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Donald E. Chipman

WEDDLE, ROBERT SAMUEL [BOB] (1921–2015). Robert S. “Bob” Weddle, renowned historian of colonial Texas (see SPANISH TEXAS) and specialist on Spanish Caribbean rim exploration and settlement from Florida to Yucatán, left a legacy of scholarly publications that earned him the well-deserved title of the “Dean of Spanish Colonial Historians.” He was the son of Charles Leonard Weddle, Sr., and Montee Irene (Nelms) Weddle. Born on June 5, 1921, in Fannin County, Texas, Weddle graduated from Bonham High School before enrolling at Texas Tech University, where his education was interrupted by World War II. He entered Officers Training School in Pittsburg, Kansas. There he met his first wife, Avis Williamson, whom he married on October 27, 1943, in Fort Leonard Wood, Missouri. Weddle served as a naval officer in the Pacific Theater before returning to Texas Tech University, where he earned a bachelor’s degree in journalism.

Weddle first worked for United Press in Dallas, followed by employment in the information department at Texas A&M University. He later became city editor for the Sherman Democrat. Weddle and his wife then purchased the Menard News, a weekly paper, which they owned for eleven years. While in Menard, Weddle became intrigued by a replica of Presidio San Luis de las Amarillas, erected outside the town in 1936, and the then unknown site and largely unrecorded history of Mission Santa Cruz de San Sabá. His research resulted in the publication of the first of more than a dozen books—The San Sabá Mission: Spanish Pivot in Texas (1964). Thereafter, the Weddles sold the Menard News and moved to Austin where Bob accepted a position with the University of Texas Press.

During his seven years in Austin, Weddle published his second and third books: San Juan Bautista: Gateway to Spanish Texas (1968) and Wilderness Manhunt: The Spanish Search for La Salle (1973). Following employment in Austin, the Weddles returned to Bob’s birthplace in Fannin County and settled at “The Ranch,” west of Bonham, where they became well-known breeders of Black Angus cattle. At their residence, Weddle collected an impressive library, learned to read Spanish and French paleography, became co-advisory editor for Spanish Colonial Texas topics in The New Handbook of Texas (1996) and wrote approximately eighty entries for that encyclopedia, authored many journal articles, and published ten more books. To aid research for Spanish Sea: The Gulf of Mexico in North American Discovery, 1500–1685 (1985), he received a two-year grant from the National Endowment for the Humanities, which allowed him to spend the first year working in Spanish archives at Seville, Moguer, Madrid, and Simancas. In Madrid, he found the journal of Juan Enríquez Barroto, who had served as pilot for a Spanish expedition in search of La Salle’s Texas colony that entered Matagorda Bay and discovered the remains of the Belle in 1687. Enríquez’s latitude coordinates from celestial navigation and longitude by dead reckoning for the wreck site were so precise that marine archeologist J. Barto Arnold III’s divers in 1995 found one of the Belle’s cannons on their first dive. Weddle thus deserves credit for finding a historical source that greatly aided underwater archeology and contributed importantly to the 2015 exhibit of the Belle’s hull at the Bob Bullock Texas State History Museum in Austin. Among Weddle’s monographs, The Wreck of the Belle, the Ruin of La Salle (2001) remains the favorite of many readers. Weddle’s greatest legacy, however, is his recognition as the foremost American scholar on René Robert Cavelier, Sieur de La Salle.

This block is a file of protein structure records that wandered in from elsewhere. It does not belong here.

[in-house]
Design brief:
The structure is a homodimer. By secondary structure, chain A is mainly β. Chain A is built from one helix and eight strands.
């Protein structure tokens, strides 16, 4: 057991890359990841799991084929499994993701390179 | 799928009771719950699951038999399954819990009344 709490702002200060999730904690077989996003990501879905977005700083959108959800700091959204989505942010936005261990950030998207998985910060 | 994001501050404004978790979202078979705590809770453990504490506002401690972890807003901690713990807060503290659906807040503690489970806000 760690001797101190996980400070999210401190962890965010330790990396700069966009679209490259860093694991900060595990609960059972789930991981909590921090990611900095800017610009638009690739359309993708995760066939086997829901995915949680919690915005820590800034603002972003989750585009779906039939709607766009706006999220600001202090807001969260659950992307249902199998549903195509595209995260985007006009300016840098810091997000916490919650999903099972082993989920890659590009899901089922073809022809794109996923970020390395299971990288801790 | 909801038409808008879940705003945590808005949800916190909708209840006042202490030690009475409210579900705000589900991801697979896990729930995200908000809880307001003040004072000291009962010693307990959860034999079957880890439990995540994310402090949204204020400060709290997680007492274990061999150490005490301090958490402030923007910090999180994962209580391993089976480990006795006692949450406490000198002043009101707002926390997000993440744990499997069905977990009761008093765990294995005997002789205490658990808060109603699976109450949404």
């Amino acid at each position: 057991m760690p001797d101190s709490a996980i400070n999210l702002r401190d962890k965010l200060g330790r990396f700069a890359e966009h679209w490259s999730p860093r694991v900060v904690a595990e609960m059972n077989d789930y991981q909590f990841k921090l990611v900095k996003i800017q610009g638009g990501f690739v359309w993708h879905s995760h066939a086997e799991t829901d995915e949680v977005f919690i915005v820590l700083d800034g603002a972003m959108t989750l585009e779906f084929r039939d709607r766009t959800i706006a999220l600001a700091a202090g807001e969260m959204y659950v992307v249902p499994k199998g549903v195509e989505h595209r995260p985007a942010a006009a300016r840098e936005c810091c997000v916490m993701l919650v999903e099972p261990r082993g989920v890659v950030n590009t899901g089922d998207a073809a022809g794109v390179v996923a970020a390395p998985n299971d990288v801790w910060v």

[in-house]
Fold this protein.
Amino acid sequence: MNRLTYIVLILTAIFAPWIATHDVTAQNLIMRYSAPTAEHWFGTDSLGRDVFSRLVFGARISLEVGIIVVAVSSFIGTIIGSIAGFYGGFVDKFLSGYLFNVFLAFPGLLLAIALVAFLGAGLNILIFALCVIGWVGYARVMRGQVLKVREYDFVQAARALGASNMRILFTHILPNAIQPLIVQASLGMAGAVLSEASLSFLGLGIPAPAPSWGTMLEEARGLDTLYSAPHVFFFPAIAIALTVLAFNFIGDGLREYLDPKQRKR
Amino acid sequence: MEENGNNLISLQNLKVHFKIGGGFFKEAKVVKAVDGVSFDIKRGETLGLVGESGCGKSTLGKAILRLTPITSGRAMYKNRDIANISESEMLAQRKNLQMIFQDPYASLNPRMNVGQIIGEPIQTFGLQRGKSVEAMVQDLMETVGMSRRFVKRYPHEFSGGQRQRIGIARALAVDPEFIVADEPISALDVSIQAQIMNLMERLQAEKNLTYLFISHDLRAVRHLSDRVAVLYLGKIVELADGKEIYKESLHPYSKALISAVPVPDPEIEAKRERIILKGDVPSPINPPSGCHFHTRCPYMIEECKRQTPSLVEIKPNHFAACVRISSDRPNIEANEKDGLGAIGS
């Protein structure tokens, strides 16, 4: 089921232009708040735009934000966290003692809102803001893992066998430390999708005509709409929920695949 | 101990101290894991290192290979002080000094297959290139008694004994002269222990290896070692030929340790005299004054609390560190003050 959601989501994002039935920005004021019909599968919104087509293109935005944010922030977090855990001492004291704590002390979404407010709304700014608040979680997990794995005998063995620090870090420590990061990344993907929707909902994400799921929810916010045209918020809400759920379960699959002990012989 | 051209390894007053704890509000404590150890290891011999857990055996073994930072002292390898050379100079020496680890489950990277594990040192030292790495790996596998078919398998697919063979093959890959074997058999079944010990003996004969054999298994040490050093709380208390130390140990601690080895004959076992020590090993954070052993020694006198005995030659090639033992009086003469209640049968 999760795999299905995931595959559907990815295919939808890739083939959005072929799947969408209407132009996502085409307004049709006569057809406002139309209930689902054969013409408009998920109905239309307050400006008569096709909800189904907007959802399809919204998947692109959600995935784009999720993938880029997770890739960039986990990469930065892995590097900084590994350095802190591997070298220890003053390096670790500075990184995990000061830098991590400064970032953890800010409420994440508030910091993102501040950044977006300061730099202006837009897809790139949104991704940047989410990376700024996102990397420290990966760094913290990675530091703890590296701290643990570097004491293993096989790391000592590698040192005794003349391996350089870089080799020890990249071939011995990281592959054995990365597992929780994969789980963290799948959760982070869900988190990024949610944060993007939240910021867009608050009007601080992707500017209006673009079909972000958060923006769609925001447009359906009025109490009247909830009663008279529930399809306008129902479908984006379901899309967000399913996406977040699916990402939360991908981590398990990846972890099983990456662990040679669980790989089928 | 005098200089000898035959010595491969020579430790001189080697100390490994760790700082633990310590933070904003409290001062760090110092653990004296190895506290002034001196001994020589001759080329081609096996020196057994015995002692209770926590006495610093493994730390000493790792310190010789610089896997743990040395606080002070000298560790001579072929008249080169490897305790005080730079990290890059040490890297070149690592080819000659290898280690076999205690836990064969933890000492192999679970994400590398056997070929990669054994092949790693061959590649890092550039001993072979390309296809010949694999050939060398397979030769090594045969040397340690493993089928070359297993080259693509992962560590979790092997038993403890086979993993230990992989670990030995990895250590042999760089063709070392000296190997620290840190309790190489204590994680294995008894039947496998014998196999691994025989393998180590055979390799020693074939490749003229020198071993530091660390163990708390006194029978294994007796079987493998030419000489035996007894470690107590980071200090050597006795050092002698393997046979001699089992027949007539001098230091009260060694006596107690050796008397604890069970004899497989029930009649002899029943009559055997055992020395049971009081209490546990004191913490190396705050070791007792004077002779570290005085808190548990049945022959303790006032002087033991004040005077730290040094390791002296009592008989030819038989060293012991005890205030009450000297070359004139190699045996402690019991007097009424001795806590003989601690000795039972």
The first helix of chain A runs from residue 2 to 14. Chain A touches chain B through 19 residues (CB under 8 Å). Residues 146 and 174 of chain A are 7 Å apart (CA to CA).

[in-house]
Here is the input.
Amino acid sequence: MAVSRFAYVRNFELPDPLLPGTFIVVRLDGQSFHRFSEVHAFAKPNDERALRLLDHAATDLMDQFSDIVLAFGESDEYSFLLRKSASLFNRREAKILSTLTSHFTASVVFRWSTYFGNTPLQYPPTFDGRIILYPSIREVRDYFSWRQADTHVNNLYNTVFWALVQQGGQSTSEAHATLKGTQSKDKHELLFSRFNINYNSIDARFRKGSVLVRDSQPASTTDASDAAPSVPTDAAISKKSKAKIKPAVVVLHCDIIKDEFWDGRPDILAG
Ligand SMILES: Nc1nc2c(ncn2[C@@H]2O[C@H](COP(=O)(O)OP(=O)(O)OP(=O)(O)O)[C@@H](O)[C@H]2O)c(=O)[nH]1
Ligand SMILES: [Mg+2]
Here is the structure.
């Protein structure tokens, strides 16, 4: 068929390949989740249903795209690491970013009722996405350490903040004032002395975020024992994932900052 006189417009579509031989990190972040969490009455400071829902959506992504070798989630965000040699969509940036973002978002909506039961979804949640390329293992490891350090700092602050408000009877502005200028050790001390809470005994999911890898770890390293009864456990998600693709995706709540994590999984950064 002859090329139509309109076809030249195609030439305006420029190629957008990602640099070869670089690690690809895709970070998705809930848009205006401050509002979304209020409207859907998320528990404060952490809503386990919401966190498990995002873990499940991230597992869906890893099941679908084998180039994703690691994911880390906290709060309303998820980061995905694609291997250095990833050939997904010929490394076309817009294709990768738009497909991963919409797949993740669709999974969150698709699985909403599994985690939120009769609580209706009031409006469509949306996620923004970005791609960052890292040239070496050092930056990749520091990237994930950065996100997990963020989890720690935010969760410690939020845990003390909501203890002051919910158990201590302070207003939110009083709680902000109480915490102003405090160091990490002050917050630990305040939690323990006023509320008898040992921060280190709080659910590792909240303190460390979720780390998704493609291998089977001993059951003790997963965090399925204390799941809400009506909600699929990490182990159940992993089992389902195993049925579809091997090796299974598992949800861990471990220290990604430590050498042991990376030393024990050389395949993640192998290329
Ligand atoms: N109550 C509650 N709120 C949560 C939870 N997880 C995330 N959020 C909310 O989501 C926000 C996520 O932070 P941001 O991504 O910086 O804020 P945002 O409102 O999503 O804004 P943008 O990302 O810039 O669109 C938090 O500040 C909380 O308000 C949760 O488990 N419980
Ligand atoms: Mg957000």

Weddle and wife Avis were members of the First United Methodist Church in Bonham. Several years after the passing of Avis in August 2000, Weddle married Peggy Jean Chandler, who preceded him in death in 2008. His honors include: fellow of the Texas State Historical Association (TSHA); the TSHA’s Coral Horton Tullis Memorial Prize for Changing Tides: Twilight and Dawn in the Spanish Sea, 1763–1803 (1995); on orders of King Juan Carlos I of Spain, admission to the Order of Isabel la Católica, the highest honor the Spanish Government can convey on a non-Spaniard in 2001; and the H. G. Dulaney Award in 2009 as an “esteemed author and revered Texas historian.”

Robert S. Weddle died at Texoma Medical Center in Denison, Texas, on October 16, 2015, from lingering effects of a major stroke suffered three weeks prior. He was survived by his son Timothy R. Weddle of Houston, daughter Teresa Galey (Kenneth) of Slidell, Louisiana, and their children. Weddle is buried in the Carson Cemetery at Ector, Texas.


Donald E. Chipman, “Robert S. Weddle Memoriam,” “Southwestern Collection,” Southwestern Historical Quarterly 119 (January 2016). Light T. Cummins, “Robert S. Weddle Receives the H. G. Dulaney Award,” October 5, 2009, An Historian of Texas (blog) (http://historianoftexas.blogspot.com/search?updated-min=2009-01-01T00:00:00-06:00&updated-max=2010-01-01T00:00:00-06:00&max-results=50), accessed December 15, 2015. Herald Democrat (Sherman, Texas), October 18, 2015.

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The following, adapted from the Chicago Manual of Style, 15th edition, is the preferred citation for this article.

Handbook of Texas Online, Donald E. Chipman, "WEDDLE, ROBERT SAMUEL [BOB]," accessed August 08, 2020, http://www.tshaonline.org/handbook/online/articles/fwedd.

Uploaded on December 15, 2015. Published by the Texas State Historical Association.
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